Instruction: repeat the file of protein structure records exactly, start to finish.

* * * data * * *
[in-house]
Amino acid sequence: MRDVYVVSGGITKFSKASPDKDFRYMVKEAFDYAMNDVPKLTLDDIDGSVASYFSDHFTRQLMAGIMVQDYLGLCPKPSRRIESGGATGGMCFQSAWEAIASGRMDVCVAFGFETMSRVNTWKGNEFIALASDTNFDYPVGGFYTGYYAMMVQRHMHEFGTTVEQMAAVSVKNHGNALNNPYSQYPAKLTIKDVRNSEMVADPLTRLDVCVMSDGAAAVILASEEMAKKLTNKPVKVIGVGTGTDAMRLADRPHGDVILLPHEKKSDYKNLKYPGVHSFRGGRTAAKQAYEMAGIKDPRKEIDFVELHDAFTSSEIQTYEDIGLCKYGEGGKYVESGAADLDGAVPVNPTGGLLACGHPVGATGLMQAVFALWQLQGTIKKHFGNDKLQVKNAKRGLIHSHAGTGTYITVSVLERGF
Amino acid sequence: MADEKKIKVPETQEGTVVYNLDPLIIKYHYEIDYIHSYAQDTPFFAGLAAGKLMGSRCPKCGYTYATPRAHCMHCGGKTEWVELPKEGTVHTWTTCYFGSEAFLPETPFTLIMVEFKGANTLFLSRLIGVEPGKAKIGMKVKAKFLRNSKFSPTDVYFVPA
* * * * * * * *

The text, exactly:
[in-house]
Amino acid sequence: MRDVYVVSGGITKFSKASPDKDFRYMVKEAFDYAMNDVPKLTLDDIDGSVASYFSDHFTRQLMAGIMVQDYLGLCPKPSRRIESGGATGGMCFQSAWEAIASGRMDVCVAFGFETMSRVNTWKGNEFIALASDTNFDYPVGGFYTGYYAMMVQRHMHEFGTTVEQMAAVSVKNHGNALNNPYSQYPAKLTIKDVRNSEMVADPLTRLDVCVMSDGAAAVILASEEMAKKLTNKPVKVIGVGTGTDAMRLADRPHGDVILLPHEKKSDYKNLKYPGVHSFRGGRTAAKQAYEMAGIKDPRKEIDFVELHDAFTSSEIQTYEDIGLCKYGEGGKYVESGAADLDGAVPVNPTGGLLACGHPVGATGLMQAVFALWQLQGTIKKHFGNDKLQVKNAKRGLIHSHAGTGTYITVSVLERGF
Amino acid sequence: MADEKKIKVPETQEGTVVYNLDPLIIKYHYEIDYIHSYAQDTPFFAGLAAGKLMGSRCPKCGYTYATPRAHCMHCGGKTEWVELPKEGTVHTWTTCYFGSEAFLPETPFTLIMVEFKGANTLFLSRLIGVEPGKAKIGMKVKAKFLRNSKFSPTDVYFVPA